January 11, 2007


The Flat Stanley Collection. By Jeff Brown. Pictures by Scott Nash. HarperTrophy. $14.99.

     Stanley Lambchop’s adventures started 42 years ago, but he’s still the adaptable and adorable preteen he always was. The Flat Stanley Collection includes paperback editions of four of the six Flat Stanley books: the original Flat Stanley (1964), Stanley in Space (1990), Invisible Stanley (1996) and Stanley, Flat Again! (2003). It’s flatness for which Stanley is best known, but he is flat only in the first and last of these books. He stays round and normal-looking during his space adventure, and looks like nothing much – or, rather, much like nothing – in Invisible Stanley, in which anything that touches him becomes invisible, too (his parents know where he is because they give him a balloon to hold – the string disappears because it’s touching Stanley, but the balloon keeps floating in his general vicinity).

     It is the utter silliness of the Stanley Lambchop stories that makes them so endearing, as Stanley and his parents – along with Stanley’s brother, Arthur – take all the weird stuff that happens to Stanley in stride. Stanley is originally flattened while sleeping, when a bulletin board on the wall of his bedroom falls off the wall and onto him. This leads to his first encounter with Dr. Dan, who of course has no idea of what is going on (although in later books he consults his trusty copy of “Dr. Franz Gemeister’s excellent Difficult and Peculiar Cases”). The family rapidly adjusts to all Stanley’s mishaps, starting with flatness. For example, Stanley ties his shoelaces together and climbs down a street grate to retrieve his mother’s dropped ring, and when police happen by and ask Mrs. Lambchop whether she is playing with a yo-yo, she says, “My son is at the other end of this lace, if you must know.” That leads one policeman to tell the other, “Get the net, Harry… We have caught a cuckoo!” But Stanley quickly emerges with the ring and the police apologize – and that’s about as much violence and conflict as you’ll find in any of these books. Even the threatening aliens of Stanley in Space turn out to be all talk and no action – they’re three inches tall and actually want help, not a fight.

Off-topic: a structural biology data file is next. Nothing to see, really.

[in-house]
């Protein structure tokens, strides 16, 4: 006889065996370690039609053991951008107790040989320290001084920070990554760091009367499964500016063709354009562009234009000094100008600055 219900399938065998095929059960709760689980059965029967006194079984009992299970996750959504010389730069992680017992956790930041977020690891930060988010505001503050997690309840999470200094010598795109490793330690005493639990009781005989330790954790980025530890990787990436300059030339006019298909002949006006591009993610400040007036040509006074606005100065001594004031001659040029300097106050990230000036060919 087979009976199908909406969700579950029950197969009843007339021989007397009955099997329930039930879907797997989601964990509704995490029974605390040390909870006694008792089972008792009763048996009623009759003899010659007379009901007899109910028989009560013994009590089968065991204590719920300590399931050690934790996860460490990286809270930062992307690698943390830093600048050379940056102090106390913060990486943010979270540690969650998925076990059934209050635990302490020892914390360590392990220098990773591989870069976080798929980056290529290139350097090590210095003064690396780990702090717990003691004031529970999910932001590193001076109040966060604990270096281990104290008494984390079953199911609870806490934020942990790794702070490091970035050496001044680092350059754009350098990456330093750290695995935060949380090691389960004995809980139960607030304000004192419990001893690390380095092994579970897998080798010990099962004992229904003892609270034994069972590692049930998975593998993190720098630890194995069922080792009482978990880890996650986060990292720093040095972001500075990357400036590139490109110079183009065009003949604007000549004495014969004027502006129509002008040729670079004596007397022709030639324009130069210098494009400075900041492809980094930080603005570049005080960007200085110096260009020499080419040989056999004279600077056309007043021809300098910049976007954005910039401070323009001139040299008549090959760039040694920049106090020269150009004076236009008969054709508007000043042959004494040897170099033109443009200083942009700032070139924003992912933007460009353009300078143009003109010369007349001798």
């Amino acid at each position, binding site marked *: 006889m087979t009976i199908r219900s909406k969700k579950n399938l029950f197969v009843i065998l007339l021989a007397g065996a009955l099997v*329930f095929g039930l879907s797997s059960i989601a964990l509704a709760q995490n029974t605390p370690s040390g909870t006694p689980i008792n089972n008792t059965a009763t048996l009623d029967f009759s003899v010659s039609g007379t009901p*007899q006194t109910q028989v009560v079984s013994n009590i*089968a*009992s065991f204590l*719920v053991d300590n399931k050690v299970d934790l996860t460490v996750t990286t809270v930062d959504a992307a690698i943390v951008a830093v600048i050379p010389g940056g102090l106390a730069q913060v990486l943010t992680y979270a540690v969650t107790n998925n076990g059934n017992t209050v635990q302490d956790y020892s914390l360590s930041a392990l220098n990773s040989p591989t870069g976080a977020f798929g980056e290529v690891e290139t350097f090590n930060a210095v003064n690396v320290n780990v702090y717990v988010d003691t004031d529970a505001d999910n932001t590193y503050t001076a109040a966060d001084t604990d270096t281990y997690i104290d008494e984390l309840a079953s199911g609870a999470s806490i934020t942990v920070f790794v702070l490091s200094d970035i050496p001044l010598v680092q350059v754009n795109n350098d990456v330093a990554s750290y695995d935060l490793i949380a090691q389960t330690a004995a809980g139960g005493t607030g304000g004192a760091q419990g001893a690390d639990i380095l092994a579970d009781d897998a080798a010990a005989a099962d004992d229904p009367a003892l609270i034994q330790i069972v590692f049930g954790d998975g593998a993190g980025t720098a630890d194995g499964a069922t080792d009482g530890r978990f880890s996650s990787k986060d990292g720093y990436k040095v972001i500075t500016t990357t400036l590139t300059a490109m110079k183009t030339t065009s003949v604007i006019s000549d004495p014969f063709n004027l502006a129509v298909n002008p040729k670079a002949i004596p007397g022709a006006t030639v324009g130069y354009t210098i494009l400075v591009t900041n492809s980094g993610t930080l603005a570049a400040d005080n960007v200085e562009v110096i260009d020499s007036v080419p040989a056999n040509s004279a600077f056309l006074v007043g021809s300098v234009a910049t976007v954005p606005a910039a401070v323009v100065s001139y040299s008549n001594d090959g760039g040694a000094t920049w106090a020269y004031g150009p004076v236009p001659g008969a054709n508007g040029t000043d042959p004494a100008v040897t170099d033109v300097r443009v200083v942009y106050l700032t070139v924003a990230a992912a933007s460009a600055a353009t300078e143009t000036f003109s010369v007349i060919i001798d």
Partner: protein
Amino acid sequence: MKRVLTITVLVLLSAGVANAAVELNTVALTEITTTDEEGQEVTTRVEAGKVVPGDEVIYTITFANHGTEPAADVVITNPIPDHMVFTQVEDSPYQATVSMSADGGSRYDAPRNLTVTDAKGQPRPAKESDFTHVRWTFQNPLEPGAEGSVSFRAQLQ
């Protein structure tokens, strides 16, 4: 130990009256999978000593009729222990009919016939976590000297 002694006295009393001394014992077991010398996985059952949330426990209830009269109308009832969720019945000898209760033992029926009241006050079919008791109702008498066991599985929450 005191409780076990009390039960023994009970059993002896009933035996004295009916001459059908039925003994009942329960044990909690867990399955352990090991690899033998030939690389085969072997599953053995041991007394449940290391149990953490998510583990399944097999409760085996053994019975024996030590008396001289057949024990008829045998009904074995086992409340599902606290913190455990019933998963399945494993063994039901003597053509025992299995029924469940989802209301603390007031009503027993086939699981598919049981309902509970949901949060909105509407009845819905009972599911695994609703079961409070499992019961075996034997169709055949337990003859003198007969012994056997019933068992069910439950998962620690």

The Stanley Lambchop books are intended for ages 7-10, but they may be even more fun for a younger age range, perhaps 5-8. The reason is that everything is so good-humored that kids in the 9-10 age range will probably find Stanley and his family silly in the “I don’t want to read this” mode instead of silly in the “this is funny” mode. The books partake of the sensibility of the 1960s, even though three of the four in The Flat Stanley Collection are of far more recent vintage.

     Kids who do read the books will find that as much of the fun comes from the byways of the stories as from the main plots. Take that book that Dr. Dan consults. In Invisible Stanley, it tells him that in “France, 1851: a Madame Poulenc vanished while eating bananas in the rain.” In Stanley, Flat Again! the book discusses a fifth-century case in which “during battle, Mongo the Fierce, an aide to Attila the Hun, was struck twice, simultaneously, from behind, and at once became no thicker than his shield.” All the stories revolve around getting Stanley, among others, out of predicaments – the original Flat Stanley, for example, ends with Arthur blowing Stanley back to normal roundness with a bicycle pump. The solutions are amusing, the stories enjoyable without being in any way scary, and the books – for kids of the right age range – are a great deal of fun indeed. Kids who really enjoy these four may even be inspired to track down the other two Stanley books: Stanley and the Magic Lamp and Stanley’s Christmas Adventure.

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